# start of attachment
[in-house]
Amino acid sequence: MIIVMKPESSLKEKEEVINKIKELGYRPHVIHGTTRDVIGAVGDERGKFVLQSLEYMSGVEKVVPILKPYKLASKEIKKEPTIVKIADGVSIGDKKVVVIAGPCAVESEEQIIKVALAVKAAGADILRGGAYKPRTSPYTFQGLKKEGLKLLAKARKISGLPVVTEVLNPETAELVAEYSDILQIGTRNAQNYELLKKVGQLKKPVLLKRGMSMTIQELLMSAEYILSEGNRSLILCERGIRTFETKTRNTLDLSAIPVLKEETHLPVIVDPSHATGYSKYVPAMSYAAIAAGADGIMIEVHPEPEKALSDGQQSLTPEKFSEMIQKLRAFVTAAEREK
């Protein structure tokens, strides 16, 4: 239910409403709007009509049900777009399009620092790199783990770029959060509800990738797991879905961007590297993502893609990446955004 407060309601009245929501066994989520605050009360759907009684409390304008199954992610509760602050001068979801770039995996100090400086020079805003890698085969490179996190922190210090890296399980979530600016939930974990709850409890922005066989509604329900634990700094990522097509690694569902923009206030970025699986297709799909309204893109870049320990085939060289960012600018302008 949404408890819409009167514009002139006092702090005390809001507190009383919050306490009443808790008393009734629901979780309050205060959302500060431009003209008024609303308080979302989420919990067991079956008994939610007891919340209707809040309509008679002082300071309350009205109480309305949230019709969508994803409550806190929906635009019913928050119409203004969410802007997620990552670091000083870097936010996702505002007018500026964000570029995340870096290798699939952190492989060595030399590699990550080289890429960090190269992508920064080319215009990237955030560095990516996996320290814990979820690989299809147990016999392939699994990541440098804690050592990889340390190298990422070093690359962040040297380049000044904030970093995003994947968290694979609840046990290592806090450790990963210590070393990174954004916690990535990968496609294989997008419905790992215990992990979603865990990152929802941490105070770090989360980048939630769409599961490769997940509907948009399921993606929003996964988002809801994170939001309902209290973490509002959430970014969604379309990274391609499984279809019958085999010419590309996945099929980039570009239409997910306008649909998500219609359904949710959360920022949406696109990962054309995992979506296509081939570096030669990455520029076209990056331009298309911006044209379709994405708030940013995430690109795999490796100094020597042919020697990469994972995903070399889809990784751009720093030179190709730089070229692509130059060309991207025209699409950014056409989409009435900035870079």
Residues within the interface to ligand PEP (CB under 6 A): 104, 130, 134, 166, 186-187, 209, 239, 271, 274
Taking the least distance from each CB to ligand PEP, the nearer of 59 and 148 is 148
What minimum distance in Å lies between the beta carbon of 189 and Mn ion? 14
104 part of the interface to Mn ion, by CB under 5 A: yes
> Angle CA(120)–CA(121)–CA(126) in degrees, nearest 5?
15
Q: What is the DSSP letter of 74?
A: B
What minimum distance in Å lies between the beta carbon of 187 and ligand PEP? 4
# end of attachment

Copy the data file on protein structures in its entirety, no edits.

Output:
[in-house]
Amino acid sequence: MIIVMKPESSLKEKEEVINKIKELGYRPHVIHGTTRDVIGAVGDERGKFVLQSLEYMSGVEKVVPILKPYKLASKEIKKEPTIVKIADGVSIGDKKVVVIAGPCAVESEEQIIKVALAVKAAGADILRGGAYKPRTSPYTFQGLKKEGLKLLAKARKISGLPVVTEVLNPETAELVAEYSDILQIGTRNAQNYELLKKVGQLKKPVLLKRGMSMTIQELLMSAEYILSEGNRSLILCERGIRTFETKTRNTLDLSAIPVLKEETHLPVIVDPSHATGYSKYVPAMSYAAIAAGADGIMIEVHPEPEKALSDGQQSLTPEKFSEMIQKLRAFVTAAEREK
């Protein structure tokens, strides 16, 4: 239910409403709007009509049900777009399009620092790199783990770029959060509800990738797991879905961007590297993502893609990446955004 407060309601009245929501066994989520605050009360759907009684409390304008199954992610509760602050001068979801770039995996100090400086020079805003890698085969490179996190922190210090890296399980979530600016939930974990709850409890922005066989509604329900634990700094990522097509690694569902923009206030970025699986297709799909309204893109870049320990085939060289960012600018302008 949404408890819409009167514009002139006092702090005390809001507190009383919050306490009443808790008393009734629901979780309050205060959302500060431009003209008024609303308080979302989420919990067991079956008994939610007891919340209707809040309509008679002082300071309350009205109480309305949230019709969508994803409550806190929906635009019913928050119409203004969410802007997620990552670091000083870097936010996702505002007018500026964000570029995340870096290798699939952190492989060595030399590699990550080289890429960090190269992508920064080319215009990237955030560095990516996996320290814990979820690989299809147990016999392939699994990541440098804690050592990889340390190298990422070093690359962040040297380049000044904030970093995003994947968290694979609840046990290592806090450790990963210590070393990174954004916690990535990968496609294989997008419905790992215990992990979603865990990152929802941490105070770090989360980048939630769409599961490769997940509907948009399921993606929003996964988002809801994170939001309902209290973490509002959430970014969604379309990274391609499984279809019958085999010419590309996945099929980039570009239409997910306008649909998500219609359904949710959360920022949406696109990962054309995992979506296509081939570096030669990455520029076209990056331009298309911006044209379709994405708030940013995430690109795999490796100094020597042919020697990469994972995903070399889809990784751009720093030179190709730089070229692509130059060309991207025209699409950014056409989409009435900035870079």
Residues within the interface to ligand PEP (CB under 6 A): 104, 130, 134, 166, 186-187, 209, 239, 271, 274
Taking the least distance from each CB to ligand PEP, the nearer of 59 and 148 is 148
What minimum distance in Å lies between the beta carbon of 189 and Mn ion? 14
104 part of the interface to Mn ion, by CB under 5 A: yes
> Angle CA(120)–CA(121)–CA(126) in degrees, nearest 5?
15
Q: What is the DSSP letter of 74?
A: B
What minimum distance in Å lies between the beta carbon of 187 and ligand PEP? 4